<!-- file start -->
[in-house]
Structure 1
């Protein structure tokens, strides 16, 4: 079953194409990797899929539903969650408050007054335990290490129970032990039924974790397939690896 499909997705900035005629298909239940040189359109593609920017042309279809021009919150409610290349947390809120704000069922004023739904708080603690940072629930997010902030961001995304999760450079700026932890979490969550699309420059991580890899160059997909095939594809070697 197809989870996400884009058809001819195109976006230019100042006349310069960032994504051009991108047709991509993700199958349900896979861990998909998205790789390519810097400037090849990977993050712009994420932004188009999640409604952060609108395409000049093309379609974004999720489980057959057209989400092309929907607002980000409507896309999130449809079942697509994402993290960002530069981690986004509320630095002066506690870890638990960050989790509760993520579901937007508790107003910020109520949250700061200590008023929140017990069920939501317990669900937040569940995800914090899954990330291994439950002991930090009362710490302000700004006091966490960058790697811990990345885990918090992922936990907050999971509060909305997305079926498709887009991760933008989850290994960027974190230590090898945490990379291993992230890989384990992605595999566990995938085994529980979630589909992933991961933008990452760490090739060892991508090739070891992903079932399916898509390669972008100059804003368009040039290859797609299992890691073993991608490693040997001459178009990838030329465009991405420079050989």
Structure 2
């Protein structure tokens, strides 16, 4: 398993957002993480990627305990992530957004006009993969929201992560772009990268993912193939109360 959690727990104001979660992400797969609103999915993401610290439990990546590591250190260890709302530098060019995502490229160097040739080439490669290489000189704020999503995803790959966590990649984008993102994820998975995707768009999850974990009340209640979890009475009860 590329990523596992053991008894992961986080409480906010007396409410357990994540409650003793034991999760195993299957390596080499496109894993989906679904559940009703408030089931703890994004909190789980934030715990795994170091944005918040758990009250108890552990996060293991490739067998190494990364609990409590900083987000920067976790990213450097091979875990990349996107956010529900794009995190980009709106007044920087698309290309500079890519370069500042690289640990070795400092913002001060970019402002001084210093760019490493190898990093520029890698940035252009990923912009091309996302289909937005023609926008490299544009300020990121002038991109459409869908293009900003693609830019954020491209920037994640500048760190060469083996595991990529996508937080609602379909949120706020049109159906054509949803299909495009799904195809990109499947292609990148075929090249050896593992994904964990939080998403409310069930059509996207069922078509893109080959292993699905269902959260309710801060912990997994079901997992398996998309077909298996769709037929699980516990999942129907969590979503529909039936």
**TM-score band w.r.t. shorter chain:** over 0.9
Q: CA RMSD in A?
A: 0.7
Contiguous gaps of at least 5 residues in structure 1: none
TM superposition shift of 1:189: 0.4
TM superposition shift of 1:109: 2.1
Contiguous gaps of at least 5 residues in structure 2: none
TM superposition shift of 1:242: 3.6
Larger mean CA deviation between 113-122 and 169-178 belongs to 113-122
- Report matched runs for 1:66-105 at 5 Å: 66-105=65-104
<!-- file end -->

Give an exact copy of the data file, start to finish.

[in-house]
Structure 1
């Protein structure tokens, strides 16, 4: 079953194409990797899929539903969650408050007054335990290490129970032990039924974790397939690896 499909997705900035005629298909239940040189359109593609920017042309279809021009919150409610290349947390809120704000069922004023739904708080603690940072629930997010902030961001995304999760450079700026932890979490969550699309420059991580890899160059997909095939594809070697 197809989870996400884009058809001819195109976006230019100042006349310069960032994504051009991108047709991509993700199958349900896979861990998909998205790789390519810097400037090849990977993050712009994420932004188009999640409604952060609108395409000049093309379609974004999720489980057959057209989400092309929907607002980000409507896309999130449809079942697509994402993290960002530069981690986004509320630095002066506690870890638990960050989790509760993520579901937007508790107003910020109520949250700061200590008023929140017990069920939501317990669900937040569940995800914090899954990330291994439950002991930090009362710490302000700004006091966490960058790697811990990345885990918090992922936990907050999971509060909305997305079926498709887009991760933008989850290994960027974190230590090898945490990379291993992230890989384990992605595999566990995938085994529980979630589909992933991961933008990452760490090739060892991508090739070891992903079932399916898509390669972008100059804003368009040039290859797609299992890691073993991608490693040997001459178009990838030329465009991405420079050989």
Structure 2
């Protein structure tokens, strides 16, 4: 398993957002993480990627305990992530957004006009993969929201992560772009990268993912193939109360 959690727990104001979660992400797969609103999915993401610290439990990546590591250190260890709302530098060019995502490229160097040739080439490669290489000189704020999503995803790959966590990649984008993102994820998975995707768009999850974990009340209640979890009475009860 590329990523596992053991008894992961986080409480906010007396409410357990994540409650003793034991999760195993299957390596080499496109894993989906679904559940009703408030089931703890994004909190789980934030715990795994170091944005918040758990009250108890552990996060293991490739067998190494990364609990409590900083987000920067976790990213450097091979875990990349996107956010529900794009995190980009709106007044920087698309290309500079890519370069500042690289640990070795400092913002001060970019402002001084210093760019490493190898990093520029890698940035252009990923912009091309996302289909937005023609926008490299544009300020990121002038991109459409869908293009900003693609830019954020491209920037994640500048760190060469083996595991990529996508937080609602379909949120706020049109159906054509949803299909495009799904195809990109499947292609990148075929090249050896593992994904964990939080998403409310069930059509996207069922078509893109080959292993699905269902959260309710801060912990997994079901997992398996998309077909298996769709037929699980516990999942129907969590979503529909039936």
**TM-score band w.r.t. shorter chain:** over 0.9
Q: CA RMSD in A?
A: 0.7
Contiguous gaps of at least 5 residues in structure 1: none
TM superposition shift of 1:189: 0.4
TM superposition shift of 1:109: 2.1
Contiguous gaps of at least 5 residues in structure 2: none
TM superposition shift of 1:242: 3.6
Larger mean CA deviation between 113-122 and 169-178 belongs to 113-122
- Report matched runs for 1:66-105 at 5 Å: 66-105=65-104